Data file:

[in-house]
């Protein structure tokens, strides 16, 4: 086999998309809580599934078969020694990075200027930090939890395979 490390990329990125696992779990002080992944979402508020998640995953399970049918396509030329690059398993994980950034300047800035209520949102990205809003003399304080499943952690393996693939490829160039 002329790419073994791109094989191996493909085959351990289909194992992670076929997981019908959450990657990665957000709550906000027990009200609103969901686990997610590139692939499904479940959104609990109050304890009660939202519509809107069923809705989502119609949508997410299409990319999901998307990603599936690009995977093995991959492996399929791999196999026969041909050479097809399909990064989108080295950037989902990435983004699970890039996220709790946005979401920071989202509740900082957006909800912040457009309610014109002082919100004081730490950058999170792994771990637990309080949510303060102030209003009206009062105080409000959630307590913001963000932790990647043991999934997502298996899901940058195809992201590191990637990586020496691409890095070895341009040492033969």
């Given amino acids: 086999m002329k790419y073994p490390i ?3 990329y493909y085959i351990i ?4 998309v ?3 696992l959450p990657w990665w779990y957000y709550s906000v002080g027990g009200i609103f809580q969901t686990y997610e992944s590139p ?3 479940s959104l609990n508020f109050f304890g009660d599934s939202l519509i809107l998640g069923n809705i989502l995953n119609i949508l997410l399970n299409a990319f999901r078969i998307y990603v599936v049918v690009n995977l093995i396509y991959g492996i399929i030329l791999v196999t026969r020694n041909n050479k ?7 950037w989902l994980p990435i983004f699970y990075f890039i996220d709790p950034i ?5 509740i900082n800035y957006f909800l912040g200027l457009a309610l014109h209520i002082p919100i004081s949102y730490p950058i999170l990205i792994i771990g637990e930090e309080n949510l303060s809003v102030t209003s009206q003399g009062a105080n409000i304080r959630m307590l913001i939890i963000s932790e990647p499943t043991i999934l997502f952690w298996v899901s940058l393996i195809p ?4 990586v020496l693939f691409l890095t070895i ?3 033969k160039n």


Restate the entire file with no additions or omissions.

[in-house]
């Protein structure tokens, strides 16, 4: 086999998309809580599934078969020694990075200027930090939890395979 490390990329990125696992779990002080992944979402508020998640995953399970049918396509030329690059398993994980950034300047800035209520949102990205809003003399304080499943952690393996693939490829160039 002329790419073994791109094989191996493909085959351990289909194992992670076929997981019908959450990657990665957000709550906000027990009200609103969901686990997610590139692939499904479940959104609990109050304890009660939202519509809107069923809705989502119609949508997410299409990319999901998307990603599936690009995977093995991959492996399929791999196999026969041909050479097809399909990064989108080295950037989902990435983004699970890039996220709790946005979401920071989202509740900082957006909800912040457009309610014109002082919100004081730490950058999170792994771990637990309080949510303060102030209003009206009062105080409000959630307590913001963000932790990647043991999934997502298996899901940058195809992201590191990637990586020496691409890095070895341009040492033969």
């Given amino acids: 086999m002329k790419y073994p490390i ?3 990329y493909y085959i351990i ?4 998309v ?3 696992l959450p990657w990665w779990y957000y709550s906000v002080g027990g009200i609103f809580q969901t686990y997610e992944s590139p ?3 479940s959104l609990n508020f109050f304890g009660d599934s939202l519509i809107l998640g069923n809705i989502l995953n119609i949508l997410l399970n299409a990319f999901r078969i998307y990603v599936v049918v690009n995977l093995i396509y991959g492996i399929i030329l791999v196999t026969r020694n041909n050479k ?7 950037w989902l994980p990435i983004f699970y990075f890039i996220d709790p950034i ?5 509740i900082n800035y957006f909800l912040g200027l457009a309610l014109h209520i002082p919100i004081s949102y730490p950058i999170l990205i792994i771990g637990e930090e309080n949510l303060s809003v102030t209003s009206q003399g009062a105080n409000i304080r959630m307590l913001i939890i963000s932790e990647p499943t043991i999934l997502f952690w298996v899901s940058l393996i195809p ?4 990586v020496l693939f691409l890095t070895i ?3 033969k160039n």